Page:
Fraudulent VAT Input Claim

Case Study: KRA vs. Metoxide Limited

In the tax period between July and December 2014, the ML received supplies that were subjected to VAT payments and later claimed for input tax deduction in respect of the tax period.

KRA rejected ML application for input tax deduction on the grounds that one of the ML’s suppliers, HEL, was involved in illegal printing of ETR invoices.

Consequently, KRA issued an objection decision on 4/7/2018 on the basis that ML did not receive any taxable goods from the said HEL and thereby confirmed the assessment and found that the principal VAT amount of Kshs. 1,990,784/- together with the penalty and interest was payable.

Aggrieved by the said objection decision, ML appealed against it to the TAT

ML submitted that it was entitled to input tax deductions under section 17 of the VAT Act as it had utilized the raw materials supplied by HEL in the production of zinc oxide. It had subsequently charged VAT on the zinc oxide and paid/accounted for the same to KRA . It was therefore entitled to claim under section 17 of the VAT Act

ML produced invoices and proof of payments that indeed it had purchased and paid for the said supplies

ML also availed production records to prove that the purchased materials were used for production.

KRA proceeded to produce a delivery note from ML, which glaringly casts doubt as to the alleged delivery of 5200kg of the raw material in question.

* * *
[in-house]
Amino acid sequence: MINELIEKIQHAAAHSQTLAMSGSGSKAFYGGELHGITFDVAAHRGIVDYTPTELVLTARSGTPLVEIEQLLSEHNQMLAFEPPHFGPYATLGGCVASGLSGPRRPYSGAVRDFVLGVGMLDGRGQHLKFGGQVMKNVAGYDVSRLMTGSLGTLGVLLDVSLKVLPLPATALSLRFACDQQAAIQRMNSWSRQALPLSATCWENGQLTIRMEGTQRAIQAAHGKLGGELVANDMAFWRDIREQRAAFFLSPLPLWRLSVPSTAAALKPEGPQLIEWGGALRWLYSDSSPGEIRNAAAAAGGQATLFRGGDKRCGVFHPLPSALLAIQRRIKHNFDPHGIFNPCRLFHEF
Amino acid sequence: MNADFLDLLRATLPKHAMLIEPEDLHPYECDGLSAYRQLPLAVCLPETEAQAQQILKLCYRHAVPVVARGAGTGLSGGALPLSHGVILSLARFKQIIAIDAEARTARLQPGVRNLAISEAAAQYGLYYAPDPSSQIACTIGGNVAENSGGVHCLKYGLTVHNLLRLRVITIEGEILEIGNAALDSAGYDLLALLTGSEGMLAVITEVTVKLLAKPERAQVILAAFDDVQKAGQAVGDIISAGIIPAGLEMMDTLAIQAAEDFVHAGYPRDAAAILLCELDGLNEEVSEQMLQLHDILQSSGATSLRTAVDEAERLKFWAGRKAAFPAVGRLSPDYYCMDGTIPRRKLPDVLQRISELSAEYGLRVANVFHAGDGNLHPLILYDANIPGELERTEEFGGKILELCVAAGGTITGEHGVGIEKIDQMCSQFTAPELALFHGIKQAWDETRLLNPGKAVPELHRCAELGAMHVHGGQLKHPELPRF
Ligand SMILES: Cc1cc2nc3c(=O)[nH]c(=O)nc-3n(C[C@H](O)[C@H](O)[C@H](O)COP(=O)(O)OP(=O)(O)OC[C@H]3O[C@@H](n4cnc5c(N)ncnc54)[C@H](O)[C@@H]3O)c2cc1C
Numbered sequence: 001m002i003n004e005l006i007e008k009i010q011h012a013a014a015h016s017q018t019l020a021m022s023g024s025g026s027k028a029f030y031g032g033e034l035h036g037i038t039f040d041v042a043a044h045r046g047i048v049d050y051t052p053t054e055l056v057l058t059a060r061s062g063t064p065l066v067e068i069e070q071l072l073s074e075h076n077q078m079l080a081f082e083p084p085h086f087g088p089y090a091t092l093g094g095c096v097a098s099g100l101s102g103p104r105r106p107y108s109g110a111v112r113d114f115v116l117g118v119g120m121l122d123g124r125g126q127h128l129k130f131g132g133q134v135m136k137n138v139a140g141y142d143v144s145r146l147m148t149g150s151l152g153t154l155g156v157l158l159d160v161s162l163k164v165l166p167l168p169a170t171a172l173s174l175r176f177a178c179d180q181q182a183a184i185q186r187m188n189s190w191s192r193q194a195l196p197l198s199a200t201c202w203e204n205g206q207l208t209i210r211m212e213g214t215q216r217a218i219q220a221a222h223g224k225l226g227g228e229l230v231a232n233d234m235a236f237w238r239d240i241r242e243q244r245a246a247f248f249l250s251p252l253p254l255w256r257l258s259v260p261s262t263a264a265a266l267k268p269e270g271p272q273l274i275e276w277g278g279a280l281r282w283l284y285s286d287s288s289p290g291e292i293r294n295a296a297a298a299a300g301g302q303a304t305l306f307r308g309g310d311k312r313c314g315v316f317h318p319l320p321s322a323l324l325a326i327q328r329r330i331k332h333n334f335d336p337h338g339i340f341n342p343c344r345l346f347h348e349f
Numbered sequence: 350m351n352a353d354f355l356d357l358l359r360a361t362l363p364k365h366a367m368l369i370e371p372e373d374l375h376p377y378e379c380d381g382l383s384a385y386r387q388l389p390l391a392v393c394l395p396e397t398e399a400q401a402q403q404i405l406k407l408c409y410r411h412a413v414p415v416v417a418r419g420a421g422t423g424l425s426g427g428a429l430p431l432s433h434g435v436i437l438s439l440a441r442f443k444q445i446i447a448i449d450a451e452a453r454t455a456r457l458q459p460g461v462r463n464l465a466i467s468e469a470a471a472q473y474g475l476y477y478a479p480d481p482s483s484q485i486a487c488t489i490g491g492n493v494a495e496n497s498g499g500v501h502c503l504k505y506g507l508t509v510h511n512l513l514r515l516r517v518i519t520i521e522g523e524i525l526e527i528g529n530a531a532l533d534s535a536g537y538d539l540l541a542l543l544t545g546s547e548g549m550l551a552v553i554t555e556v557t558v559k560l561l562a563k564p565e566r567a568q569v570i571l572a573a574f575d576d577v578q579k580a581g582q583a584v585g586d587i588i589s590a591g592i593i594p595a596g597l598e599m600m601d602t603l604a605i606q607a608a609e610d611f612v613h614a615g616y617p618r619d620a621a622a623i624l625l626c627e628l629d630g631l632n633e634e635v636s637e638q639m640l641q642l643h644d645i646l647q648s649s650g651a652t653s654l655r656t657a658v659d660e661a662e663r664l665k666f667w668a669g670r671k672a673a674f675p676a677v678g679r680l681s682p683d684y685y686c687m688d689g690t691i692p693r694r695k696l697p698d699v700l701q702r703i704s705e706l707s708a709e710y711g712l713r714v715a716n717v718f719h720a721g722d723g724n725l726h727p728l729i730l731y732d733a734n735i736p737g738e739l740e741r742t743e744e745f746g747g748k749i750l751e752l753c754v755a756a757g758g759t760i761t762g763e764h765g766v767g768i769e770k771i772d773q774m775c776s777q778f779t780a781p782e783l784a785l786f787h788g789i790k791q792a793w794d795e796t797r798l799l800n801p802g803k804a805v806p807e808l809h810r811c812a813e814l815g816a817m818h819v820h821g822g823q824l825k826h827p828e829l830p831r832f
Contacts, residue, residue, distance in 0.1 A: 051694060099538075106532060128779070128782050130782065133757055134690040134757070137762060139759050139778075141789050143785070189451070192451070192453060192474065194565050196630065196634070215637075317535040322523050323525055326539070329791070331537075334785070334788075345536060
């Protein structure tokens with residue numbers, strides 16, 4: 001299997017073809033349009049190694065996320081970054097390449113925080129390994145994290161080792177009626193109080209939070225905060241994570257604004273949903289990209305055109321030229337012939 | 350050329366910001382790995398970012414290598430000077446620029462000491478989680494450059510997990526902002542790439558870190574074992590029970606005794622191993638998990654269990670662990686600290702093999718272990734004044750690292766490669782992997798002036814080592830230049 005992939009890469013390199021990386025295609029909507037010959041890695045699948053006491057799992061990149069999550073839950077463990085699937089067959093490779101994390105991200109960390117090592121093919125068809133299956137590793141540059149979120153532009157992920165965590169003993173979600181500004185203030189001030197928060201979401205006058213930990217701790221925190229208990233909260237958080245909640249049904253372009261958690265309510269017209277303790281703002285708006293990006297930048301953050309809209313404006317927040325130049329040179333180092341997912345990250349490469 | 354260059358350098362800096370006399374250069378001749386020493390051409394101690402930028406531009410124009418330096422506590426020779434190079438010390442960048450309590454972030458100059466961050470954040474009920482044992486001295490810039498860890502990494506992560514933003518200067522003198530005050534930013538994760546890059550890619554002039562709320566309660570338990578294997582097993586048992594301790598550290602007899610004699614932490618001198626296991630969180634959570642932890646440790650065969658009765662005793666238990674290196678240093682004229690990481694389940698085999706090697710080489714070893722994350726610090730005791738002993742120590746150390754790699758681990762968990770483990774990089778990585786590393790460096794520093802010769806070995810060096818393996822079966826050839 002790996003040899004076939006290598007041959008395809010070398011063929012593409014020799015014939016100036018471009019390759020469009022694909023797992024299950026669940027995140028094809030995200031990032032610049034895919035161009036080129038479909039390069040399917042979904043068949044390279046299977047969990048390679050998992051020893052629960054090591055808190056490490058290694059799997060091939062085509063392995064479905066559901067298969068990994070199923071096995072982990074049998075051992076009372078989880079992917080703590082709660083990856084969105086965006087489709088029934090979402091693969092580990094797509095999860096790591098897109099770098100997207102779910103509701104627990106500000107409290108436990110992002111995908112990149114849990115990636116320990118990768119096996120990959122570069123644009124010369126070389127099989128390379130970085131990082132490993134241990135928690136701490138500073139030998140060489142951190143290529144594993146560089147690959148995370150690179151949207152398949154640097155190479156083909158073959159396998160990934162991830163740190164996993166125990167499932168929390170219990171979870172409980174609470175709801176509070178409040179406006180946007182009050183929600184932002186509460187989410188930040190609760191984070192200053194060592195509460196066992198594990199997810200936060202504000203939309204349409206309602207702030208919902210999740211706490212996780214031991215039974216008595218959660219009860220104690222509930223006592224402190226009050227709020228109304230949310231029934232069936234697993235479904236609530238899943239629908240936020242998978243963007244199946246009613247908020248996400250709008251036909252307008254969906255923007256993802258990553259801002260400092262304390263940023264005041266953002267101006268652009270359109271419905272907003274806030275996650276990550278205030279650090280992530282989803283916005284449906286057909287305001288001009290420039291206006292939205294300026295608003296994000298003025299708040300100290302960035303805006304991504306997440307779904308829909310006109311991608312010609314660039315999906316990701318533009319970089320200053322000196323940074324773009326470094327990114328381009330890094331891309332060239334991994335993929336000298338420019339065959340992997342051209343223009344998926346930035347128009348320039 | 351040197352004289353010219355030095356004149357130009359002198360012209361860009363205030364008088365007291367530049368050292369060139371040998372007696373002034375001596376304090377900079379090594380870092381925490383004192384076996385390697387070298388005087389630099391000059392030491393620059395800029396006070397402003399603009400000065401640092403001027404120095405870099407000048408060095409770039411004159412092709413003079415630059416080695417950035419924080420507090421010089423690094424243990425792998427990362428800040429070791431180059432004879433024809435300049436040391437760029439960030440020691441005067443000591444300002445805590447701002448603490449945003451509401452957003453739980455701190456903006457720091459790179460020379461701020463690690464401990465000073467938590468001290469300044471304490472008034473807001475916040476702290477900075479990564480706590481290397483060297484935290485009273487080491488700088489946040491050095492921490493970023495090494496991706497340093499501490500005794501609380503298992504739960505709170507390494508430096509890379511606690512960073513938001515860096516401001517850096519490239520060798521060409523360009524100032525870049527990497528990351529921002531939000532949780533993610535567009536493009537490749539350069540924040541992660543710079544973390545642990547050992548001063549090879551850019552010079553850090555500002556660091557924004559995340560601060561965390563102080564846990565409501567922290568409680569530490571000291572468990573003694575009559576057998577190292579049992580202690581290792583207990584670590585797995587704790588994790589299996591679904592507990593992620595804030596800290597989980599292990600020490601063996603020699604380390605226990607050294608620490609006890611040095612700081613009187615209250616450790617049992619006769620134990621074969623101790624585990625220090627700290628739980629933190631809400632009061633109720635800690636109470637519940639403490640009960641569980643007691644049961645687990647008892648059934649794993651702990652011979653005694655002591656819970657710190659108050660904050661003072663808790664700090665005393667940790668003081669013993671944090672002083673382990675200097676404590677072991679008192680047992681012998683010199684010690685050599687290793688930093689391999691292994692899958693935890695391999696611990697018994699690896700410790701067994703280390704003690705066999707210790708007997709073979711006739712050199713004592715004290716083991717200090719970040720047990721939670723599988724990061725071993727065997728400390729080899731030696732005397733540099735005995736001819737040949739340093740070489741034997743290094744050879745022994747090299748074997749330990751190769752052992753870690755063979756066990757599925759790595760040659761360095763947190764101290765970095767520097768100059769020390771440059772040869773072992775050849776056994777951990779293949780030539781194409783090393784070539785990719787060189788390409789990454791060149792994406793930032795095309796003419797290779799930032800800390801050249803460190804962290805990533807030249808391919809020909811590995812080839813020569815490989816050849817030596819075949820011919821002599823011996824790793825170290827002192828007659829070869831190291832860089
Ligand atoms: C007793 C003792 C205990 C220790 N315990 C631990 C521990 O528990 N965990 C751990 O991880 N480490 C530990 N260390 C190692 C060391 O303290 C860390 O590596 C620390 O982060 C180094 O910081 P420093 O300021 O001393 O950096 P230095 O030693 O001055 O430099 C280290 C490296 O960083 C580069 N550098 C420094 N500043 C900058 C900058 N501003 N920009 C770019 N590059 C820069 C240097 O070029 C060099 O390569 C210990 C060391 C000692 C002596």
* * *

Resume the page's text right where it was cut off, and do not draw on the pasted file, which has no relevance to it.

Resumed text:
KRA demonstrated to the Tribunal that a vehicle purported to have made the delivery was motor vehicle registration number KAT 011T, which turned out to be a Nissan Sunny

In its findings, the tribunal noted that:

  • ML had discharged its burden under section 56 of the Tax Procedures Act. Documents produced were sufficient to prove the supply
  • Once ML had produced all the documents, the burden had shifted to KRA to prove that the said documents were not sufficient

By its judgment made on 6/8/2020, the Tribunal made a finding that the appeal was merited, that the ML was entitled to claim input tax .

Aggrieved by the decision of the tribunal, KRA lodged an appeal to the High Court.

In its decision, the High Court made the following observations:

  • The tribunal erred in holding that the respondent had discharged its burden under section 56 of the Tax Procedures Act
  • The central issue is whether there was proof of a taxable supply for which ML could base its claim for input tax refunds. Section 56(1) of the Tax Procedures Act provides that the taxpayer has the burden of proving that a tax decision is incorrect.
  • KRA produced one purported delivery by HEL and demonstrated to the tribunal that a vehicle purported to have made the delivery was a Nissan Sunny. It was common knowledge, and the court took judicial notice that such a vehicle could not have made delivery of a whooping 5200kg of the subject raw material.
  • The existence of the production records could not be proof that the materials used were the ones supplied by HEL . ML ought to have produced evidence of the supply of the taxable goods, specifically HEL. The production records could as well have been in respect of the goods from the other suppliers. It was for ML to prove that the HEL supplied it with taxable goods. That was possible for a prudent trader who kept its documentation. That was what was expected of all traders

As such, KRA won the case

The ruling was delivered on 02/09/2021

Fraudulent VAT Input Claim

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